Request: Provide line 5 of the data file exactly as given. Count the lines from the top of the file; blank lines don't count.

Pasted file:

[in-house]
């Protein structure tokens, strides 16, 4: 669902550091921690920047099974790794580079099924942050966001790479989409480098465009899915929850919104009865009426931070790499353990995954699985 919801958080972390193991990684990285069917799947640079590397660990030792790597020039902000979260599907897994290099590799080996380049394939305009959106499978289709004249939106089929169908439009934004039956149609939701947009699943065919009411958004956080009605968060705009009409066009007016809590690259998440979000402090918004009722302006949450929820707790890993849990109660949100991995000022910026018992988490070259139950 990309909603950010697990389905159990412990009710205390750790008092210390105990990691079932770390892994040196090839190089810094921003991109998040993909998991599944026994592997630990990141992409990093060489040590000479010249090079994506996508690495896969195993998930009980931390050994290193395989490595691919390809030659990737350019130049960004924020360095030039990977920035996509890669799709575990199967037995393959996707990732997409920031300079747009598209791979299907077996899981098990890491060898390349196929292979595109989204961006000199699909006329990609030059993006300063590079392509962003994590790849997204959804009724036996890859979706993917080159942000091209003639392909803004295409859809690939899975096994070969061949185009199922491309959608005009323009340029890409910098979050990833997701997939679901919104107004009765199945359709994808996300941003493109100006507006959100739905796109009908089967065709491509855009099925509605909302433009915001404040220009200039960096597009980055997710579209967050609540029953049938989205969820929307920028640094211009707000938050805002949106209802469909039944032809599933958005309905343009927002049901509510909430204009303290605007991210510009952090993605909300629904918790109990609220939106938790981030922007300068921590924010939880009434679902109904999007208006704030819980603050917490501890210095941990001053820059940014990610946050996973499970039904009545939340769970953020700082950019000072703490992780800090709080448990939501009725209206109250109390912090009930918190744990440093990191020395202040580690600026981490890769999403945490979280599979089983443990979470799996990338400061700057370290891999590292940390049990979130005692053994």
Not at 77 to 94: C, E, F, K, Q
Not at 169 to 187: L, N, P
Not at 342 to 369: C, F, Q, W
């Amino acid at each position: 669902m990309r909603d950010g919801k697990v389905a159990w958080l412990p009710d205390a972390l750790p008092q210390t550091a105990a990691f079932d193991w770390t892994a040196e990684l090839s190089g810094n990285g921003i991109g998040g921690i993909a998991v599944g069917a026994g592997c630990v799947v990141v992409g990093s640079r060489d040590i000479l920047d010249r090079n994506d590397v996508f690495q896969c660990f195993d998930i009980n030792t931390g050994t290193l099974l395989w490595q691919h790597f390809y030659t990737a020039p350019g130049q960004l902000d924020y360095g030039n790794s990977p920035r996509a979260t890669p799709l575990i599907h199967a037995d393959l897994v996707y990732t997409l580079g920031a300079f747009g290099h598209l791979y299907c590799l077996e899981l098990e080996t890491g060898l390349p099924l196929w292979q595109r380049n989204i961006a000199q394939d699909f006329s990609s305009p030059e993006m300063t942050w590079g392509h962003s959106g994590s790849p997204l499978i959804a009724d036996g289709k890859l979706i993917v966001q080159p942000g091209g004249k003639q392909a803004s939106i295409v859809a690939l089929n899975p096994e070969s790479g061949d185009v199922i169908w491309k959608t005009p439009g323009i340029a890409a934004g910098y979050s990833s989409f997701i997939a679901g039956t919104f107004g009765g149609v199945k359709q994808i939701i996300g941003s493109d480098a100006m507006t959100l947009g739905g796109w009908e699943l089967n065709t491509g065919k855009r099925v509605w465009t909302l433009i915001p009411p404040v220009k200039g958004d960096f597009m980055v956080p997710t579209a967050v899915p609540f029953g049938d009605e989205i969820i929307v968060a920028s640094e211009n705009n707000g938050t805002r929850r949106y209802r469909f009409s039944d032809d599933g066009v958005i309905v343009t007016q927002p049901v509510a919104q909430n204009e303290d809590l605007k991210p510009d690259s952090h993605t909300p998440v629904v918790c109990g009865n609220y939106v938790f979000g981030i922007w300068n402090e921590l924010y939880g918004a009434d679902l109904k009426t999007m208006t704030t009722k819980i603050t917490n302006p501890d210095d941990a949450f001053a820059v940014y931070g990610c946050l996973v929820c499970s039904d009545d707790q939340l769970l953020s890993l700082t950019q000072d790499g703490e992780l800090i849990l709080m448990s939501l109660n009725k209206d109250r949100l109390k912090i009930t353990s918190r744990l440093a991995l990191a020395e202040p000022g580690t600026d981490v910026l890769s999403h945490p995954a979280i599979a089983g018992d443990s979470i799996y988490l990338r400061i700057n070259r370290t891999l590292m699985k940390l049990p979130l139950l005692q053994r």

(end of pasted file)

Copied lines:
Not at 342 to 369: C, F, Q, W